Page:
”He [Schlesinger] said that the objective -– the secret policy of which we can’t tell the American public because they’re not sophisticated enough to see the value — is that through a steady result of erosion of NEW DEALS, we bring the American society steadily to the left, and through a signed concept of benign containment, we merge into the vital center of the socialist left. Those were his words, not mine.”
Congressman McDonald continues further on replying to Crossfire host Pat Buchanan’s question whether the concept of the UN as the basis of a world government is not passé:
”Well, I think there are those who realize that moving straight from a prototype of the United Nations into world government perhaps is tactically impossible. But phasing out increasingly national sovereignty into REGIONAL GOVERNMENT and phasing out sovereignties into international treaties ….” is the order of the day.
Today, with these warnings in mind, I invite you to read Peter Worthington’s old draft article exposing the chief negotiator of the FTA — which forms the initial basis of a clearly incoming REGIONAL UNION in North America — as someone the RCMP had warned the federal government not to trust because he was likely a Communist subversive.
However, the warnings fell on deaf ears, no doubt because the very Prime Minister’s Office the RCMP attempted to alert was itself already infested with one-world government types and suspected Communist subversives such as Soviet agent Lester B. Pearson, and Soviet mole Pierre Elliott Trudeau.
As a consequence, the very basis of Communist regional union in North America was negotiated by someone Canada’s national police and security apparatus long believed to be a Communist subversive.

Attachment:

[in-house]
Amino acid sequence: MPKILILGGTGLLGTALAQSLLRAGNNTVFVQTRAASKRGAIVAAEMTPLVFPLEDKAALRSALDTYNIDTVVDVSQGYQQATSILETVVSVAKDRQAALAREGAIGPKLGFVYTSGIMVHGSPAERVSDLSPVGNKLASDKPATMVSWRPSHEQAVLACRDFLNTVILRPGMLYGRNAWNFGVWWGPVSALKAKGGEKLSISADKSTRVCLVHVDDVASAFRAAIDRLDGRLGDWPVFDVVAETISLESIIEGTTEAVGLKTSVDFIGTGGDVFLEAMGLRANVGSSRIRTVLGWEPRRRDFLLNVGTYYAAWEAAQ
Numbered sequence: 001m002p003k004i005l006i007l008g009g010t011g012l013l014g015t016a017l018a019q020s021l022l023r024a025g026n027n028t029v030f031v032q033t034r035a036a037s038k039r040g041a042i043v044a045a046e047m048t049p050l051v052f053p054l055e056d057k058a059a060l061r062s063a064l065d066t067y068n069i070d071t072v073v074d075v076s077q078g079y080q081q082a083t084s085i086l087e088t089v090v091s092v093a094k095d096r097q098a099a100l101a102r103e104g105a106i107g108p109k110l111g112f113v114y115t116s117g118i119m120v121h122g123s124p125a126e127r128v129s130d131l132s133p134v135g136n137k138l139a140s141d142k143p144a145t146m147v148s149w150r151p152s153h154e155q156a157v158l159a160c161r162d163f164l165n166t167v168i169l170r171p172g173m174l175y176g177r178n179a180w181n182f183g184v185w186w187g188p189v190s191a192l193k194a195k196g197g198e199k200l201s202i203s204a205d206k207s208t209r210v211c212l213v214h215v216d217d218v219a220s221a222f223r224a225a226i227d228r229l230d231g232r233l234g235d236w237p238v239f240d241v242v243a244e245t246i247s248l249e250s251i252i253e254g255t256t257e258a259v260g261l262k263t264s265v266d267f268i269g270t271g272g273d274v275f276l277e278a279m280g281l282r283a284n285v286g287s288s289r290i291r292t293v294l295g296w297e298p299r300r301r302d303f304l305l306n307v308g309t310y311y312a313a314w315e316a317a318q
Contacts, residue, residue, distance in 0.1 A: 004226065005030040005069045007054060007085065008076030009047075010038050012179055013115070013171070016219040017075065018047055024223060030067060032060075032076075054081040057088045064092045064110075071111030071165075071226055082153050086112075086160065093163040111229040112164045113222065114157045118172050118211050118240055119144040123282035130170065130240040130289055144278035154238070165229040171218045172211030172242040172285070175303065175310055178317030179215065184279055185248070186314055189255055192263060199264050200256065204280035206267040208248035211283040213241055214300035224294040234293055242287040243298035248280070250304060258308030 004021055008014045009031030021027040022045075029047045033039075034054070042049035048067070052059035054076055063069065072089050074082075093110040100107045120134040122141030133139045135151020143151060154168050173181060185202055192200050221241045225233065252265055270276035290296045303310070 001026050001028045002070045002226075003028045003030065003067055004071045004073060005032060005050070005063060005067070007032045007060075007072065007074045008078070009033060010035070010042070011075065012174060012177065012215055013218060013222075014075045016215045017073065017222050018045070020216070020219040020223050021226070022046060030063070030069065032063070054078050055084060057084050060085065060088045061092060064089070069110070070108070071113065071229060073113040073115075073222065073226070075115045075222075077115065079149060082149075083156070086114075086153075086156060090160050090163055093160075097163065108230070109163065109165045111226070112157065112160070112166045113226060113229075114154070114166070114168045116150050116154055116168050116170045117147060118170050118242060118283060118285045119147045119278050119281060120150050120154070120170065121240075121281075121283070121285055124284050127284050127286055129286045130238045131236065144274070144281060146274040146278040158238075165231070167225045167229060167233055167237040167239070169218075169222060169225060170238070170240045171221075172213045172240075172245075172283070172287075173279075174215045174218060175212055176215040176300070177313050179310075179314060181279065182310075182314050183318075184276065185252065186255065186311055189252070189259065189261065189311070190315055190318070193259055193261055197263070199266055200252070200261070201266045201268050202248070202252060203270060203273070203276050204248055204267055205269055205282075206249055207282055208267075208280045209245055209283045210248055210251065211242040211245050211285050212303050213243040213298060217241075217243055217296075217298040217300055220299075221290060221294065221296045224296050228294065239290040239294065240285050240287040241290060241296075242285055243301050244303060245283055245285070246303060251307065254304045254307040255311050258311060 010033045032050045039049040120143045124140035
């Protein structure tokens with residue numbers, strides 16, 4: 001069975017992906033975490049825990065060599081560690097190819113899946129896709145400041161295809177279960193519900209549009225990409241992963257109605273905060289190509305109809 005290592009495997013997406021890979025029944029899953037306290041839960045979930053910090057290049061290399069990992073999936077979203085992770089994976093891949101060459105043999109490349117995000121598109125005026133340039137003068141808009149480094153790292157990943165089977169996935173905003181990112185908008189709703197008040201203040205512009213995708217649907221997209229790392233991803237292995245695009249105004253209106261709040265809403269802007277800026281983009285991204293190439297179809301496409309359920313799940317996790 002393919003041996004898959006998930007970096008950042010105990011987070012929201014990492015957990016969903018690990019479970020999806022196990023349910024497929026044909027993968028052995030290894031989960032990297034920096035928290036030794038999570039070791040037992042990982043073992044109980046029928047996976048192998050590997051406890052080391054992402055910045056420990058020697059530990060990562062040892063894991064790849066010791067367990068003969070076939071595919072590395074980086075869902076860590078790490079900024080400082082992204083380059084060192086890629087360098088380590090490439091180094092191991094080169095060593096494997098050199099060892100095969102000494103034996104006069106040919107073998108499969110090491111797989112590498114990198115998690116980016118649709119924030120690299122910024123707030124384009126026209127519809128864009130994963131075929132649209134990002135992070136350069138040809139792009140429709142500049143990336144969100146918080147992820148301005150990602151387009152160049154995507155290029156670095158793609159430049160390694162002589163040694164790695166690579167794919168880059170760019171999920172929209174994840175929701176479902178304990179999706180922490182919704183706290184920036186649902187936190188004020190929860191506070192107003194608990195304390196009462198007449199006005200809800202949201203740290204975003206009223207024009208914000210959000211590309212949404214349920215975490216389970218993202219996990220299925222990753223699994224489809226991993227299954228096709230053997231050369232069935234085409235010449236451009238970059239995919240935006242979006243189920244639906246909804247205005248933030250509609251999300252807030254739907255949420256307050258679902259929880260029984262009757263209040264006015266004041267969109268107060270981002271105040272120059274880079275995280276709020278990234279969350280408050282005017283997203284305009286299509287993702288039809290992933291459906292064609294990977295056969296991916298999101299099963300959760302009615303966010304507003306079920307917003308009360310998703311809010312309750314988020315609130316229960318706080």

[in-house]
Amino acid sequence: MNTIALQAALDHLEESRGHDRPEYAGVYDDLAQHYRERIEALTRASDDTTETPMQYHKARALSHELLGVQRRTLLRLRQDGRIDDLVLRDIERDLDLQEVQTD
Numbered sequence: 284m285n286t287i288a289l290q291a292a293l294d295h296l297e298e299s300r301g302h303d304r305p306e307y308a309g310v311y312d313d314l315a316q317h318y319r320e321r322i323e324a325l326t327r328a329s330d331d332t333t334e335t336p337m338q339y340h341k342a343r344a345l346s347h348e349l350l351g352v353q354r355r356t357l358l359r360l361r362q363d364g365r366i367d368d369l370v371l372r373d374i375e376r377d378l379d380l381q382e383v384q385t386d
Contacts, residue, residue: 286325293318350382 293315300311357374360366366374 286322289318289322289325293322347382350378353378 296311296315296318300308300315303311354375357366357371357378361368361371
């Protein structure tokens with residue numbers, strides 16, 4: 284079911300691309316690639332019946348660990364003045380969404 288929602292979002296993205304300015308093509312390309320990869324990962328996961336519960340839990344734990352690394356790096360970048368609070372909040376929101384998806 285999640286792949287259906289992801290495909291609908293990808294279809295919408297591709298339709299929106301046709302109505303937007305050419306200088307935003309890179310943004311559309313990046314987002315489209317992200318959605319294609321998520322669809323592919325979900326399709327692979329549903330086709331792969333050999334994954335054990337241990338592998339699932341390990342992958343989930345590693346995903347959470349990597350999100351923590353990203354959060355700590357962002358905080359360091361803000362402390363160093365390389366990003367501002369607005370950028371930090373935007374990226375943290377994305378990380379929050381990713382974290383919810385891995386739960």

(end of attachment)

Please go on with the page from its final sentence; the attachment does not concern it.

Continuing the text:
Following is an exclusive typed transcript made by me from Worthington’s own typed, draft article, which he hand-edited.
For ease of reading, i am retyping the draft clean, without indicating Mr. Worthington’s deletions and insertions.
TRANSCRIPT – DRAFT – THE FEATHERBED FILE
by Peter Worthington (circa 1979)
(Scan of actual draft article is embedded below)
Operation Featherbed, a 14-year RCMP investigation into suspected subversives in high places, tried to warn the federal government it was being systematically infiltrated.
But the governments of John Diefenbaker, Lester Pearson, and Pierre Trudeau dismissed the Featherbed warnings as unsubstantiated Communist witch-hunting.
Besides, it would have been too embarrassing to repudiate people their governments had promoted to positions of influence.
Featherbed suspected that Communist infiltration of the federal bureaucracy had been set in train in 1923 with the co-option of O.D. Skelton, renowned as the “father of the civil service”.
The Featherbed analysts concluded that over the years, any promising “agents of influence” were talent-spotted at Communist study clubs in universities and brought into the civil service.
Inside, a shadowy network promoted “birds of a feather,” which gave the operation its code-name.
Among the more prominent (civil servant) subjects of Featherbed investigation were Robert Bryce, who rose from the Finance Ministry to the top post as cabinet secretary; his successor as deputy minister of finance, Sol Simon Reisman; and the husband-and-wife team of Bernard and Sylvia Ostry.1
Bernard Ostry became deputy minister of communications despite RCMP objections. He was recently appoint(ed) at $65,000 a year as government special adviser on culture and communications based in Paris.
Sylvia Ostry, former chief of Statistics Canada, the Economic Council of Canada, and deputy minister of consumer and corporate affairs, was appointed last fall to head the economics and statistics branch of the Organization of Economic Co-operation and Development in Paris.
Operation Featherbed also plumbed the pasts of prime ministers Lester Pearson and Pierre Trudeau — Trudeau for his travels to Warsaw, Moscow, Peking and Havana, Pearson for allegedly having supplied information while a diplomat, that was transmitted to Moscow by a U.S. spy ring.
(Trudeau once called for his Featherbed file, “chuckled” as he read the report about his travels, associations and indiscretions, and sent it back to RCMP files).